tom lowe photo
fine art • fine art portraits
tom lowe photo
fine art • fine art portraits
One second. That’s what it came down to. After six months of training, shin splints, podiatrist visits, massage therapy, ice packs, experiments with shoe inserts, calf support, knee braces, dietary supplements and a vast library of motivational reading for my psyche, I stood on the other side of the finish line with full confidence that I’d won!
The annual seven-mile race in Davenport, Iowa is called the Bix 7 and the day began very early. Up at 5:30am. I’d put out all of my race gear the night before. The anti-chaffing ointment goes on first. After running in the California heat I’ve learned not to attempt anything over 5 miles without a little anti-friction assistance on the nether regions of my body and believe it or not my nipples. The stuff prevents a lot of post race discomfort. This application is followed by putting on the shorts, then the breathable shirt, knee braces and a compression shin support for my left calf. I’d decided to run the race in the Vibram slippers – basically barefoot! It was the only way I could guarantee myself not to have post race shin splints.
The socks are the funniest part of this portion of my race gear. They mimic the shoes as they also have toes in them and other than the muscle soreness associated with early barefoot running they’ve been the strangest items to get used to. They take forever to put on as toes tend to want to share spaces instead of sliding directly into their individual positions – pinky toe shares the fourth toe spot so you have to forcefully separate them, etc. Once the socks are on the slippers slide right into position.
Then it was time to mix the Heed energy and Pinole concoction. Since reading “Born to Run” I’ve been drinking Pinole before and sometimes during running. Pinole is powdered corn and very grainy. It doesn’t dissolve but tastes good. Once I got over drinking grainy water the energy the stuff provides is fantastic – a slow steady burn. I saved the mix and would drink it just before the race. Found my hat, looked myself over in the mirror and out the door I went.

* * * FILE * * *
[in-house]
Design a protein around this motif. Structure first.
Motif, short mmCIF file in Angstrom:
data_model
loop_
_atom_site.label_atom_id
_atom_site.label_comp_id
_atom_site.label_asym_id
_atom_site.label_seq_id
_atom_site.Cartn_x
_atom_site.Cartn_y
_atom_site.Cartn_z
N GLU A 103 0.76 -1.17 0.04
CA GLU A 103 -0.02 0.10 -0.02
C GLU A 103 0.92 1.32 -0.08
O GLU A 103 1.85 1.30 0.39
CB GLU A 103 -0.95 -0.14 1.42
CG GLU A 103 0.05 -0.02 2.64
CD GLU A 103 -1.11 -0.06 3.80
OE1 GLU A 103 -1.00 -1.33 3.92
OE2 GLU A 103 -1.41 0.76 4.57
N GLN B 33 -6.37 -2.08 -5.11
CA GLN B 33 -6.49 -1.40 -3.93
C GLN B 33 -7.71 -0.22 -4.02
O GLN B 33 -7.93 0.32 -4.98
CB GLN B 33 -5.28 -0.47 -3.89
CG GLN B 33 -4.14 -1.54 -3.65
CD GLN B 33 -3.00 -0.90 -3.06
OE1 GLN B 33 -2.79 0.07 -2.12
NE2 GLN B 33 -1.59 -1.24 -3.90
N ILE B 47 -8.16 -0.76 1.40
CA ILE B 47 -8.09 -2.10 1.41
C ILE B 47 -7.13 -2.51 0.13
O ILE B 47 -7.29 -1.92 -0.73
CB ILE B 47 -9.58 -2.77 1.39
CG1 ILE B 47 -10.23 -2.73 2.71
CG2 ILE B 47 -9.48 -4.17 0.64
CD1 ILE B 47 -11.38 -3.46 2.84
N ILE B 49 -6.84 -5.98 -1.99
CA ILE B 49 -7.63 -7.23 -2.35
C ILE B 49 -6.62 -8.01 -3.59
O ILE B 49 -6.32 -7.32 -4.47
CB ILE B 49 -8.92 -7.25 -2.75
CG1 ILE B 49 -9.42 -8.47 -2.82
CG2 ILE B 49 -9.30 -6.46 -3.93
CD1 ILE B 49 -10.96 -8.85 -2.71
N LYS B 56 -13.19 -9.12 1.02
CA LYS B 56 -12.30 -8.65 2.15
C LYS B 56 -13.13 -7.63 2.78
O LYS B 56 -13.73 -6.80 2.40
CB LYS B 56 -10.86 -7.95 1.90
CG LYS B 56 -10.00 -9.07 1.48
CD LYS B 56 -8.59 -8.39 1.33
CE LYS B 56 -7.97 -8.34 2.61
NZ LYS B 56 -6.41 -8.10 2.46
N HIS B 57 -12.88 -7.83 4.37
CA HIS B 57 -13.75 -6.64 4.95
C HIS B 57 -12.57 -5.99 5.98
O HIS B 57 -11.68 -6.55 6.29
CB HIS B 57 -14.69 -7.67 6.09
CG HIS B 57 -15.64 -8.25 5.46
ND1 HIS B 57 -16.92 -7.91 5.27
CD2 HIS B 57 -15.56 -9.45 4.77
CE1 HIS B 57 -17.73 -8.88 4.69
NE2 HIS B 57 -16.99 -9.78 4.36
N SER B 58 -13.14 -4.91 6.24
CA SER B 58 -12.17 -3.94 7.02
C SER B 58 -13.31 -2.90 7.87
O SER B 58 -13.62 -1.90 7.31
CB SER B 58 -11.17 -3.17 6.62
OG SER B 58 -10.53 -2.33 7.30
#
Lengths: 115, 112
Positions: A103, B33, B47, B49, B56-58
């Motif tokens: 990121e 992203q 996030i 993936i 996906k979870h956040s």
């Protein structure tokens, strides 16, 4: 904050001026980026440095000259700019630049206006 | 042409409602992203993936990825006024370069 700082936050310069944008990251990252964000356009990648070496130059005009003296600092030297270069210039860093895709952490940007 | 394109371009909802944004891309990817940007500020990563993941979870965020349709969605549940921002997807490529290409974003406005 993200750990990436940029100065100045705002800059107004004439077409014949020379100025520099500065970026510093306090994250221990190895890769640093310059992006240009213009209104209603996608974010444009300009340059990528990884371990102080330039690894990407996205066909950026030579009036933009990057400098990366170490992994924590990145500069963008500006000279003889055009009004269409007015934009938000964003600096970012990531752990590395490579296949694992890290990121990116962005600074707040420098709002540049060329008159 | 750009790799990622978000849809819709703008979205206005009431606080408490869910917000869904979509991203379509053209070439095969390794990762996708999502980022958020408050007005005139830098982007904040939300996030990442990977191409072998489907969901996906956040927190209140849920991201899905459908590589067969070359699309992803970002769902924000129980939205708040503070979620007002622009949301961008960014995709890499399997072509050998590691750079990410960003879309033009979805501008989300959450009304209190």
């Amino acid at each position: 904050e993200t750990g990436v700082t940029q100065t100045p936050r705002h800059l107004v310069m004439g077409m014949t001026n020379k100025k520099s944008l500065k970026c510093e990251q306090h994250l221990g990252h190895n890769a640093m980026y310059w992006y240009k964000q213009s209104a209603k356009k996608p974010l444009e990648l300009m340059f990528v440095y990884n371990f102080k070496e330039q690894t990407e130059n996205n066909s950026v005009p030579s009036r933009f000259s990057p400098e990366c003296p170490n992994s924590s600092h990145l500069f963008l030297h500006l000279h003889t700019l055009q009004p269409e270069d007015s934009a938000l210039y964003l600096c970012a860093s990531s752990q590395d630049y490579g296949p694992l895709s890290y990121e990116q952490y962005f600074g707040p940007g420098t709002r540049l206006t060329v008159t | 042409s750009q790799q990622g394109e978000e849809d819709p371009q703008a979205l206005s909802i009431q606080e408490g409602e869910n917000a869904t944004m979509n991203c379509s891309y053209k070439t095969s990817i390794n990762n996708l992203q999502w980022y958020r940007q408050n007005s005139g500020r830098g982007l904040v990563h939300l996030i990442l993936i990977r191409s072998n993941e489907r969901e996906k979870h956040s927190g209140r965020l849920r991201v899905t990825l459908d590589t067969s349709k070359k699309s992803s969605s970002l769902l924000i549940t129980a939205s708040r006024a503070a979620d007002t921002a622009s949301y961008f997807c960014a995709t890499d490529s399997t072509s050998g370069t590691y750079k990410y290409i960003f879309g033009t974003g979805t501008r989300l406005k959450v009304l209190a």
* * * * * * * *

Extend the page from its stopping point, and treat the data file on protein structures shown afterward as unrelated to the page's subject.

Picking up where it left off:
My brother-in-law, Brian, is a great guy. He takes me skiing on the now rare occasions I get to visit my family in Utah. He’s a good father and is nothing if not competitive. He can turn the most mundane events into a battle of wits or physical endurance. I’ve watched him turn a simple margarita – how much tequila is the perfect amount? – into a competition. Earlier this year when I’d signed up for the Bix his was one of the first emails responding to the announcement to say he too was running. From that point on, I knew the event would be fun but that it’d also be a race!
I should point out that Brian is one of those guys who push people to be better through competition – he never quits! It’s in his DNA and its what I love about the guy. His prodding, pushing and pulling keeps us all on our toes in a fun and family oriented way that only few of us have the ability to master. I knew he’d be there the whole race – no matter his condition.
My parents had trained for a while to run in the race but had decided to be spectators instead. My brother had also come to Iowa. And my cousins Beth and Erin were running again. Beth has run the race for 15 years and this was Erin’s second go around. Her son, Collin (10) decided to run too. Also watching were my sister and two nieces, two aunts an uncle and the remainder of Erin’s family. It had become a family event!
We all were to meet at a parking lot at the 1.5 mile marker of the race. The idea was to be at the meeting place no later than an hour before so we could make certain to be at the starting line on time. Beth knew the back roads and could take us down there in her car leaving all of our ‘fans’ behind to take their positions along the course route.
It was a glorious morning for Iowa in July. The temperature was cool, barely any humidity and just a few wispy clouds in the sky – remnants of an amazing thunderstorm the night before (story for a later time). I’d had a good night’s sleep and all was shaping up to be a perfect race. I had butterflies in my stomach. Nervous that I’d choke on the route or trip over another racer during the event or that maybe the whole barefoot thing was a mistake. Then disaster struck. Beth called to say her car was smoking and that she was stranded on the other side of the vacant building we were parked in front of.
We all gathered our stuff and walked over to see what was going on. When we arrived there were two police cars and a motorcycle cop surrounding the scene. It looked like a major bust. The car had stopped smoking but wasn’t going anywhere. Soon a fire engine arrived and we all burst out laughing. Davenport knows how deal with an ‘incident.’ Beth was upset about her car but also intent on getting to the starting line and convinced one of the officers to take us there. After a few short conversations, we jumped into the back of the squad car and off we went – looking like convicted athletes.
We met Erin and Collin around the corner from the starting line, got our photo taken, stretched a little and went to stand with 18+ thousand people on Brady Street.